But FMOL is big in Louisiana, with a footprint in every major market in the state, and a long and venerable track record of providing quality care rooted in its faith-based mission. It’s especially big in Baton Rouge, where its flagship institution, OLOL, has long been the market leader, with nearly 50% of the local patient population.
“When there are accusations or allegations made about anyone, it is important to consider the source of those allegations and the circumstances. You cite the content of a confidential personal letter written from then health system CEO Mike McBride to the Board. He is no longer the CEO of this organization, and we are focused on moving forward with our current leadership guided by our mission to serve.”
Dr. Richard Vath, interim FMOL CEO, in response to allegations
in a letter to the FMOL board by ousted CEO Michael McBride
But the hospital and its system also face challenges. The aging nuns who run FMOL are dwindling in number and have yet to publicly announce a clear succession plan. The system has been slow, given its size and dominance in the local market, to embrace new business models and the technology that enable those models to take root, according to industry analysts and local insurance brokers. It has also been reluctant to integrate its various hospitals into a single system that can better compete.
What’s more, OLOL is more expensive than the competition—more than 25% on average, according to local brokers, who say it is under increasing pressure from employers to lower costs. At the same time, the hospital is still adjusting to the 2014 deal that made it the state’s safety net hospital in the Capital Region, which has created new opportunities and government revenue streams but also turned away a segment of insured patients, who seem to prefer not sitting in the OLOL emergency room with indigent patients if they can avoid it.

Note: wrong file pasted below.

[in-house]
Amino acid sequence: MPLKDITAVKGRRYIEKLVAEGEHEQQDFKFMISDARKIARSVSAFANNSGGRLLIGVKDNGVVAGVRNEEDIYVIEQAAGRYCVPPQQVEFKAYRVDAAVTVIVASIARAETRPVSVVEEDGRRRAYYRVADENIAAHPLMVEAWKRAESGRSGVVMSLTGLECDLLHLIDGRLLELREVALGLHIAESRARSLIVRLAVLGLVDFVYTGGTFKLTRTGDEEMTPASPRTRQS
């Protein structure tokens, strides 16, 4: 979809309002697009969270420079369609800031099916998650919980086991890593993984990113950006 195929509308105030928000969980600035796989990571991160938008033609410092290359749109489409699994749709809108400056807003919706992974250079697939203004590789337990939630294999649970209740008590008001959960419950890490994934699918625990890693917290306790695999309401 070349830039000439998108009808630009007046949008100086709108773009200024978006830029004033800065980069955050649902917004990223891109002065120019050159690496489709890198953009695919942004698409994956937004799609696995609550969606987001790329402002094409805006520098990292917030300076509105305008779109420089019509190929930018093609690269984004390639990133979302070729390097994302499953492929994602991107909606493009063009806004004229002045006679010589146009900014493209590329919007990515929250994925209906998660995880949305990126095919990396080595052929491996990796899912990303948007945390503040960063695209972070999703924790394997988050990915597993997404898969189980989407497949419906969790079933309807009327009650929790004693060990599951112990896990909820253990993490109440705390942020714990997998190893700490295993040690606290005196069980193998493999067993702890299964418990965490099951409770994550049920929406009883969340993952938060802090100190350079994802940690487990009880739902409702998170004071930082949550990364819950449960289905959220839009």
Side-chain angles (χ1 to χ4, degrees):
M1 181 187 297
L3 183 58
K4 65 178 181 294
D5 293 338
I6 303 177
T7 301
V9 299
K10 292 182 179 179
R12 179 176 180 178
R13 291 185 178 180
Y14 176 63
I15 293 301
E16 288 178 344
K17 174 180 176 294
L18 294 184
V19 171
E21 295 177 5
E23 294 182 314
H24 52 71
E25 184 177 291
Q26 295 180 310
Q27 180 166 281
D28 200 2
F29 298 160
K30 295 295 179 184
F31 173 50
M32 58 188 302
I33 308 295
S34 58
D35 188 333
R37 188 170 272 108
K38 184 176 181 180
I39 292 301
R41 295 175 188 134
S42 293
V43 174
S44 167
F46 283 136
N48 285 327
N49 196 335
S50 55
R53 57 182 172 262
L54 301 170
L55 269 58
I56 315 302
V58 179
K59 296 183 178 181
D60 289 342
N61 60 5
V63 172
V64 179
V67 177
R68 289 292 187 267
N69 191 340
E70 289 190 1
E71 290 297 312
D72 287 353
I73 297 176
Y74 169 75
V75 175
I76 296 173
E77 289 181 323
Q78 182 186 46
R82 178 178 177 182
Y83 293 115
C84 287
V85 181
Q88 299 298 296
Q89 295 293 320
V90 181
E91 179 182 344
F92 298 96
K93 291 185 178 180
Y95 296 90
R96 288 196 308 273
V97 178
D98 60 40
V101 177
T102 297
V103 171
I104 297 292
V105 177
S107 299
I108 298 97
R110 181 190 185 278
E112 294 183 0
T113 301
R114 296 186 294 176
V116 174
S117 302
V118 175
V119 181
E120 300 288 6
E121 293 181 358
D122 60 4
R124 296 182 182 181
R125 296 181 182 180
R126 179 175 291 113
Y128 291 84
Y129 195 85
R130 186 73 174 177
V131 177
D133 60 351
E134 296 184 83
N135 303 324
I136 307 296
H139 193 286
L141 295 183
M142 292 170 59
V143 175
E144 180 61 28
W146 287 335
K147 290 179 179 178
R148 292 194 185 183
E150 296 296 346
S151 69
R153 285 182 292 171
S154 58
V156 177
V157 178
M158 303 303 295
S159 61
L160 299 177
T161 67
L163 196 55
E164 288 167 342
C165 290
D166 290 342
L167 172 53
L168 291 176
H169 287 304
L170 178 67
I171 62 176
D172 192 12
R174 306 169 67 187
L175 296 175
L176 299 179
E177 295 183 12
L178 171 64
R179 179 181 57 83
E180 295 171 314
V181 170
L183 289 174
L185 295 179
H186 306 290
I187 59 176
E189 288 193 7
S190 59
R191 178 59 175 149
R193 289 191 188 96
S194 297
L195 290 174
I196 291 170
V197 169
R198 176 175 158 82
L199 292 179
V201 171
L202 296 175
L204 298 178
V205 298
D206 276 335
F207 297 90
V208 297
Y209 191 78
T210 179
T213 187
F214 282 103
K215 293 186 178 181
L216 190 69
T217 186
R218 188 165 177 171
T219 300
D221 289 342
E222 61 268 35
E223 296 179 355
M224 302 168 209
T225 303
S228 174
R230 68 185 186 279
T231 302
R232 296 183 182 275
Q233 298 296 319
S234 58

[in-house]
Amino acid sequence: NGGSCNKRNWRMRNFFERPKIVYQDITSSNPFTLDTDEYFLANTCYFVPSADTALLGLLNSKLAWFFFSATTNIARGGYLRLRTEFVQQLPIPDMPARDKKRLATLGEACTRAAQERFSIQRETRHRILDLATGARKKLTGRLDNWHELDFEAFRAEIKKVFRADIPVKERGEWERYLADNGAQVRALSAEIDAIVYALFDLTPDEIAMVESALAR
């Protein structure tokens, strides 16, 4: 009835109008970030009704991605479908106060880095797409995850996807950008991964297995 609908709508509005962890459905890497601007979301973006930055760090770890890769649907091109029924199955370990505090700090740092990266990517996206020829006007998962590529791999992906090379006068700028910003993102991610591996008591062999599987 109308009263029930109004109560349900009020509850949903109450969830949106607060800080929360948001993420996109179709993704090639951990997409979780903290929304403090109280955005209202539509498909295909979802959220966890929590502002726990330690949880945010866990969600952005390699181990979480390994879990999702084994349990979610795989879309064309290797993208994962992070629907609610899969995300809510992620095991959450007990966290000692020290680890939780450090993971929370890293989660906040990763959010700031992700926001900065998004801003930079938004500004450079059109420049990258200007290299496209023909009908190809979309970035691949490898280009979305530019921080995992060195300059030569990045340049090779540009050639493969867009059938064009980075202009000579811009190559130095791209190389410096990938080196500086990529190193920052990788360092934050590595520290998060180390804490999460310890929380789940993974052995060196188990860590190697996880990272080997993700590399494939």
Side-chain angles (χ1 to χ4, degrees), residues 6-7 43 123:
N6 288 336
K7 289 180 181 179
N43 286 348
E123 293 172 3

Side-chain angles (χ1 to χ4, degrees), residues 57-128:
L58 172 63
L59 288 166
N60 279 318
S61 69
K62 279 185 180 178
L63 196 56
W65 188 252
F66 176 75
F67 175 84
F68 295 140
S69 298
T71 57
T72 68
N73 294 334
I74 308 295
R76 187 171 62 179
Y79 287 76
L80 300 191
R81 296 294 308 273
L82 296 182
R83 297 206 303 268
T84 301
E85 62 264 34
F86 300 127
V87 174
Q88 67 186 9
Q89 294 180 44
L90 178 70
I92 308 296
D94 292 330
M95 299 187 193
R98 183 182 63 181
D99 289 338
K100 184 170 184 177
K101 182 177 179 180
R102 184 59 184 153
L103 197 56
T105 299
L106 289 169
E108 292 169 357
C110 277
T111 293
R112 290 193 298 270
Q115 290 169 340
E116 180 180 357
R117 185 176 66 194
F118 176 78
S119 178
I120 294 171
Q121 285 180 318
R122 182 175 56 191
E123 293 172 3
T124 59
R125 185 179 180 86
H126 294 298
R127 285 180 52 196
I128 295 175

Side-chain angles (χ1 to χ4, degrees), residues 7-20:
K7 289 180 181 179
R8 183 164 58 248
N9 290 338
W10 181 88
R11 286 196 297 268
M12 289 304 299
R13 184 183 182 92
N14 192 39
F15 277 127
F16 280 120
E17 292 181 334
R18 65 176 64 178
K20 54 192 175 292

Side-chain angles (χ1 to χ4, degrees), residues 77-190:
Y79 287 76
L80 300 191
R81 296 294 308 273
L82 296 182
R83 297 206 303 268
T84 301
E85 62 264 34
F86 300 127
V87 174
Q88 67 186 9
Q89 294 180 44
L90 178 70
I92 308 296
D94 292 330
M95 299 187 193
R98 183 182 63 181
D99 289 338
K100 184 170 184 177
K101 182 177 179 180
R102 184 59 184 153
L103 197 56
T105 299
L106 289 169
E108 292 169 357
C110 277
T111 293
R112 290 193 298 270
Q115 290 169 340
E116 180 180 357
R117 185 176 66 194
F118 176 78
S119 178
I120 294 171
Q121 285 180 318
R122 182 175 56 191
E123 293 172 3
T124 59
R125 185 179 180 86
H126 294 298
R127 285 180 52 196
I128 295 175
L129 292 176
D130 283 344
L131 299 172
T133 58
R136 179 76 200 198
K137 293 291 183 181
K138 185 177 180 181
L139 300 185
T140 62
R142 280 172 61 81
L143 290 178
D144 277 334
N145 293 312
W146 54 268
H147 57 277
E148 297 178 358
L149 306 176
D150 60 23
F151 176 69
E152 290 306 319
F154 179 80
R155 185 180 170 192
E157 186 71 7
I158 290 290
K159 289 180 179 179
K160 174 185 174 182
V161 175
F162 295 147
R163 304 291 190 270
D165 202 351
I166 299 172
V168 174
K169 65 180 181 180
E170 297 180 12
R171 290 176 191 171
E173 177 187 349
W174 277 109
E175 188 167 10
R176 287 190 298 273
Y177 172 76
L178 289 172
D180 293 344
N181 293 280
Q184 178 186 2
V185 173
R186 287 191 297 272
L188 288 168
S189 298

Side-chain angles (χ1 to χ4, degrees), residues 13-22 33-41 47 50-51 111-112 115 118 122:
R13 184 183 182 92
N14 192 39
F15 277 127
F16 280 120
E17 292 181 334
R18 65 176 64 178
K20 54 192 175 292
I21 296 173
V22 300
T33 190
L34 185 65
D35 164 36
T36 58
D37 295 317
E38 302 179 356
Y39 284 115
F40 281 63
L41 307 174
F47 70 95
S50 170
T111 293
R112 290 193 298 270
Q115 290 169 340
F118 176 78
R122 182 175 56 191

The FMOL board has recognized these challenges, and when longtime FMOL CEO John Finan announced his retirement in 2017 after more than two decades, a CEO search committee outlined its priorities. They included:
• Continuing to prepare for a future with an increasing focus on value-based care;
• Moving more quickly to become and act as an integrated health system;
• Instituting accountability throughout leadership;
• Evaluating the leadership structure and individual leaders and make necessary changes;
• Evolving the culture to engage team members more effectively;
• Evaluating current government and recommend changes to make government more contemporary and aligned with being an integrated health system.
The criteria was something of an admission from within the system that significant changes were needed. The person chosen to usher in that change was McBride, a veteran hospital administrator with a sterling reputation in the industry and experience running Catholic health systems, most recently CHI St. Luke’s in Houston.